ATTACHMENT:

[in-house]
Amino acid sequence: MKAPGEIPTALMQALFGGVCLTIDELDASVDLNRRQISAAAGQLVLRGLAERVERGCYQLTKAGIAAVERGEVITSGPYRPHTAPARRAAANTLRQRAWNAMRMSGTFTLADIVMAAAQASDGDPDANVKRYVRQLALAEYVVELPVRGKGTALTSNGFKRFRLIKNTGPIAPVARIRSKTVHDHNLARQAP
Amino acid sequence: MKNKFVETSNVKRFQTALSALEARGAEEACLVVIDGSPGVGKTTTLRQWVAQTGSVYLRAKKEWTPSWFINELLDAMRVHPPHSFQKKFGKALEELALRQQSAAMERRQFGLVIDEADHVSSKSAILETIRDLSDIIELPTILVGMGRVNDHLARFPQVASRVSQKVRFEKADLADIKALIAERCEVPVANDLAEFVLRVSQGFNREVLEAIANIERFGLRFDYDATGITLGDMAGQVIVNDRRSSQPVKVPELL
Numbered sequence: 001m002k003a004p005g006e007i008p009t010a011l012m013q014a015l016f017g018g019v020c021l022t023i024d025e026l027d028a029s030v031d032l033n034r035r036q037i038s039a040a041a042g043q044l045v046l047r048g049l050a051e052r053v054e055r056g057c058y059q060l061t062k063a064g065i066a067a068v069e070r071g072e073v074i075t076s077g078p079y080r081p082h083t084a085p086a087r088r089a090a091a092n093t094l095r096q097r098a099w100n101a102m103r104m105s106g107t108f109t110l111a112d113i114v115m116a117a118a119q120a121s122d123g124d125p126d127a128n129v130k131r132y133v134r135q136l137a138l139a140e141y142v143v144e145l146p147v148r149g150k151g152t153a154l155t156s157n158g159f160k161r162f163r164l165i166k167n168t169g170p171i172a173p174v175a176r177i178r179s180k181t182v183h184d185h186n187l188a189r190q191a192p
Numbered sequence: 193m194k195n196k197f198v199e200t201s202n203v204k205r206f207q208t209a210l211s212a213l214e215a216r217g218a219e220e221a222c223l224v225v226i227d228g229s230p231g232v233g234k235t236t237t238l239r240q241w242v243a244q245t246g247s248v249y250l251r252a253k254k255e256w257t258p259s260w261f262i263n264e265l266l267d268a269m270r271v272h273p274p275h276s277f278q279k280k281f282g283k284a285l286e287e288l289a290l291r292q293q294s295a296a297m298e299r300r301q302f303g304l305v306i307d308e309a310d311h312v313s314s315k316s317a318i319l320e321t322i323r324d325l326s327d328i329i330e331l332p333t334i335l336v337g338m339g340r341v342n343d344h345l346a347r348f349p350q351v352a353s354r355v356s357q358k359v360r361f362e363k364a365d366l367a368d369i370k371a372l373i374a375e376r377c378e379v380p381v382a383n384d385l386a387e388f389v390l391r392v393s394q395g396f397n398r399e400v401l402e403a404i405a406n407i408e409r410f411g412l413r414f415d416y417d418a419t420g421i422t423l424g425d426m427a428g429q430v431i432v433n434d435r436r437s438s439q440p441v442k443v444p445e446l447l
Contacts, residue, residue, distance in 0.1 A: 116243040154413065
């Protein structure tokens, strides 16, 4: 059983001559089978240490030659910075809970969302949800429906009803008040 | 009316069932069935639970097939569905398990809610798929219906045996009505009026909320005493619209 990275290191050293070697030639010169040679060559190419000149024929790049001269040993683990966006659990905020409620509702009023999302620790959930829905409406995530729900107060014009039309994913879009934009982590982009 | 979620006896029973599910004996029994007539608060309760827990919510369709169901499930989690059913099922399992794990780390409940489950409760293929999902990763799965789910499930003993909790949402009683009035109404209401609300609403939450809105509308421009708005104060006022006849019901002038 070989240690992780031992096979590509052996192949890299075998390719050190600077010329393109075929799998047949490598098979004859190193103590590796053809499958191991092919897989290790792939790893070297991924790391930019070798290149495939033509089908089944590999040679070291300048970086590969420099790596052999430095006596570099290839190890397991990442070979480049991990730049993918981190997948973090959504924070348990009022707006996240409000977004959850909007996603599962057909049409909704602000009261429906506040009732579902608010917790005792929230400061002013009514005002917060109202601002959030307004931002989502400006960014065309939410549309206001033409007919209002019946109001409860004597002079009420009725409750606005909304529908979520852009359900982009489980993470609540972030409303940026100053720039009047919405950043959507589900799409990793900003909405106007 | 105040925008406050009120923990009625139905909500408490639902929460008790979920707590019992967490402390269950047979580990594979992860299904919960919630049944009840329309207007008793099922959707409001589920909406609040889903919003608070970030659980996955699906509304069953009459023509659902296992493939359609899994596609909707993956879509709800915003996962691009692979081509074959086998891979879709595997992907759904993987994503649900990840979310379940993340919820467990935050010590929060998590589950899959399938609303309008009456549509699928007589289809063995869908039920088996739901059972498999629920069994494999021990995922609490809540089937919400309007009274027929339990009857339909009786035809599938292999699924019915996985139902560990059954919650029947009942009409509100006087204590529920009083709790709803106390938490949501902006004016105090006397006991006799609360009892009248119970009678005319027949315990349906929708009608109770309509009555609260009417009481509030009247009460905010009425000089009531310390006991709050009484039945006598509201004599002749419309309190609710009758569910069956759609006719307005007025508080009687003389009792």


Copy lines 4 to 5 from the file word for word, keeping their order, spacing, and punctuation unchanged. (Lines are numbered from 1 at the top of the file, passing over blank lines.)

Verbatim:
Numbered sequence: 001m002k003a004p005g006e007i008p009t010a011l012m013q014a015l016f017g018g019v020c021l022t023i024d025e026l027d028a029s030v031d032l033n034r035r036q037i038s039a040a041a042g043q044l045v046l047r048g049l050a051e052r053v054e055r056g057c058y059q060l061t062k063a064g065i066a067a068v069e070r071g072e073v074i075t076s077g078p079y080r081p082h083t084a085p086a087r088r089a090a091a092n093t094l095r096q097r098a099w100n101a102m103r104m105s106g107t108f109t110l111a112d113i114v115m116a117a118a119q120a121s122d123g124d125p126d127a128n129v130k131r132y133v134r135q136l137a138l139a140e141y142v143v144e145l146p147v148r149g150k151g152t153a154l155t156s157n158g159f160k161r162f163r164l165i166k167n168t169g170p171i172a173p174v175a176r177i178r179s180k181t182v183h184d185h186n187l188a189r190q191a192p
Numbered sequence: 193m194k195n196k197f198v199e200t201s202n203v204k205r206f207q208t209a210l211s212a213l214e215a216r217g218a219e220e221a222c223l224v225v226i227d228g229s230p231g232v233g234k235t236t237t238l239r240q241w242v243a244q245t246g247s248v249y250l251r252a253k254k255e256w257t258p259s260w261f262i263n264e265l266l267d268a269m270r271v272h273p274p275h276s277f278q279k280k281f282g283k284a285l286e287e288l289a290l291r292q293q294s295a296a297m298e299r300r301q302f303g304l305v306i307d308e309a310d311h312v313s314s315k316s317a318i319l320e321t322i323r324d325l326s327d328i329i330e331l332p333t334i335l336v337g338m339g340r341v342n343d344h345l346a347r348f349p350q351v352a353s354r355v356s357q358k359v360r361f362e363k364a365d366l367a368d369i370k371a372l373i374a375e376r377c378e379v380p381v382a383n384d385l386a387e388f389v390l391r392v393s394q395g396f397n398r399e400v401l402e403a404i405a406n407i408e409r410f411g412l413r414f415d416y417d418a419t420g421i422t423l424g425d426m427a428g429q430v431i432v433n434d435r436r437s438s439q440p441v442k443v444p445e446l447l